When you have not do experiments, kids we all ask… So this week we made experiments p ero before, we challenged them.
Before starting the experiments we have proposed to the children a Challenge:
Since we will learn to make paper boats for the experiment, we will prop I ince try to make boats of different sizes.
- 1 sheet (A4 paper)
Challenge : we want to see if starting from an A5, we are able to make the smaller and smaller boats.
How do you make the paper ship?
To do this, take an A4 and start by splitting it in two. With one half you can make the first boat in A5 and the other half you keep it.
When you have finished the boat, set it aside and divide the other half of the A5 by 2 and make another boat. Keep it up until you use a piece of paper so small that it can hardly be folded.
Here are some pictures of how our small boats have been:
As some children are very curious, we have also tried to make the boat in different materials such as cardboard , plastic , tissue paper and cardboard. They are options in case you feel like trying.
Now that we know how to make a paper ship, let’s take one that will help us for our experiment.
Experiment: The ship that does not sink.
- 1 sheet of A4 paper
- A container where to put water . If it can be transparent, the better.
- 2 glass s transparent s . We have taken them from plastic.
- Optional food coloring
1. Put water in the container and put the paper boat on the water, so that you observe that it floats . If you want you can put a droplet of dye in the water to make it more fun. (it’s optional)
2. Take 1 transparent glass and place it upside down on the little boat.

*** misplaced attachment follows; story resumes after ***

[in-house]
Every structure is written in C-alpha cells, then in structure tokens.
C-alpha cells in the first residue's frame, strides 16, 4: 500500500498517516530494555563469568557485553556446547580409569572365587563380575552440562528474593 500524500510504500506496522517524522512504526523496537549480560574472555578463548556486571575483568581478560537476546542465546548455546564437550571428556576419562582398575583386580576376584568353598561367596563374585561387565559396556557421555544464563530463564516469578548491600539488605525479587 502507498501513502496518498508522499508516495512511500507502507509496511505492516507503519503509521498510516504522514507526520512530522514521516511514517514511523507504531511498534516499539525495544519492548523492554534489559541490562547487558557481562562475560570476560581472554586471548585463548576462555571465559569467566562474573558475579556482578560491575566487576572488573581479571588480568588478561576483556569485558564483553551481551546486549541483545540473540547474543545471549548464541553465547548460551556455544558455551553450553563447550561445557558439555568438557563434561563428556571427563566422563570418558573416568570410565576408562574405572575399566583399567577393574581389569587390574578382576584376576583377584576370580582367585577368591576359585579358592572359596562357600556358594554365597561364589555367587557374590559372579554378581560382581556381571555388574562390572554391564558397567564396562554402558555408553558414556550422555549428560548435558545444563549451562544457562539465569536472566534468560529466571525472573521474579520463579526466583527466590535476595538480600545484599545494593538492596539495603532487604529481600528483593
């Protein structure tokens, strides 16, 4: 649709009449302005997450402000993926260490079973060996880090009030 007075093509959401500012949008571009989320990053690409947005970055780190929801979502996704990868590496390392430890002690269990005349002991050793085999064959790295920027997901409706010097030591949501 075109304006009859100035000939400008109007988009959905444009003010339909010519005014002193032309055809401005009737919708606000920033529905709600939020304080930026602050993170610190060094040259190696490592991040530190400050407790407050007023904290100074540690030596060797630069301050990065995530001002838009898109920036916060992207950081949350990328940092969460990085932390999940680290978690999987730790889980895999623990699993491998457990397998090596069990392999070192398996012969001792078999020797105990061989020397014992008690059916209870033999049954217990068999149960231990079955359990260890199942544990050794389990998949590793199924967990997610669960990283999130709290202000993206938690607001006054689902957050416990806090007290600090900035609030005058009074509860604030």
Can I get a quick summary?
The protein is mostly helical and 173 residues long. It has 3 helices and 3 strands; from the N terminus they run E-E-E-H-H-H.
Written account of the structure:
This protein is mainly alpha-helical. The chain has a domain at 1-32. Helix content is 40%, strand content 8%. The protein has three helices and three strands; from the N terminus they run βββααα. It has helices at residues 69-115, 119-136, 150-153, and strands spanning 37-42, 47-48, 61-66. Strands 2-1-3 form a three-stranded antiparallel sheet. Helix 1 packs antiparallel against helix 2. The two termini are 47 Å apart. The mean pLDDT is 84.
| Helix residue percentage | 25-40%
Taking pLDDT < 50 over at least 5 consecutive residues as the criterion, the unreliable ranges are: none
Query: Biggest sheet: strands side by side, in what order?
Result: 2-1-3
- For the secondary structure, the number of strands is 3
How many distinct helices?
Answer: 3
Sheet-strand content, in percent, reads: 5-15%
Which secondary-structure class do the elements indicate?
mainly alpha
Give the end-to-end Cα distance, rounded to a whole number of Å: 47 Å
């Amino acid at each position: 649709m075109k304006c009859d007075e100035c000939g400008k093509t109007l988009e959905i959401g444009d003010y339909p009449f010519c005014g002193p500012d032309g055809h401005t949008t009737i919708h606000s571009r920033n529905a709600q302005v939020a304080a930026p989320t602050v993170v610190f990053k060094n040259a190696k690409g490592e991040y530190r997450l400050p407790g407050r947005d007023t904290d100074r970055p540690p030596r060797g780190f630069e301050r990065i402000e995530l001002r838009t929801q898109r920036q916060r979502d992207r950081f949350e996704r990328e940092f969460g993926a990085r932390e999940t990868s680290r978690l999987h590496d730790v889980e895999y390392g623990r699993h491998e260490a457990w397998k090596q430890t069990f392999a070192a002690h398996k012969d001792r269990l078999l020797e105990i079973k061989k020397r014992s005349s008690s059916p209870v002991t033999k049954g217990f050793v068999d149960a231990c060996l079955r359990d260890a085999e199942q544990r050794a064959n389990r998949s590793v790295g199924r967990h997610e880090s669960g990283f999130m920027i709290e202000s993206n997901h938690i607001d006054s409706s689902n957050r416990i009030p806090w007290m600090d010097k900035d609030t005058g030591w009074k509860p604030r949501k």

3. Now sink the glass to the bottom of the container and see what has happened.
4. Then raise the glass little by little.
Let’s ask ourselves some questions:
What do you think will happen when the glass sinks ? What has really happened? Why do you think it happened?
Repeat the experiment but this time take the glass and make a hole in the part of the ass, in the middle. The hole can be the size you want.
Observe what happens and compare it with the 1st part and we repeat the same questions.
Repeat Part 1 putting cornstarch in the water. What’s going on?
Although it is not seen and we forget that it exists , around us there is air. When we take an empty glass, there is air inside. When you turn what we are doing and s pressing with air water container. Thus, the ship sinks but not wet because air gets separated r the bottom water.
What happens when the glass has a hole?
When the glass has a hole, the air escapes through the hole and has no force to press the water and separate it as it goes above. In this case the boat does sink and get wet.
What happens when you put cornstarch in the water? The Maizena is a Non-Newtonian liquid that when pressed s, it hardens. So when baj to s the glass, if you do it fast, you may find strength and can not do.
Do you know of any device that follows the same principle in the water?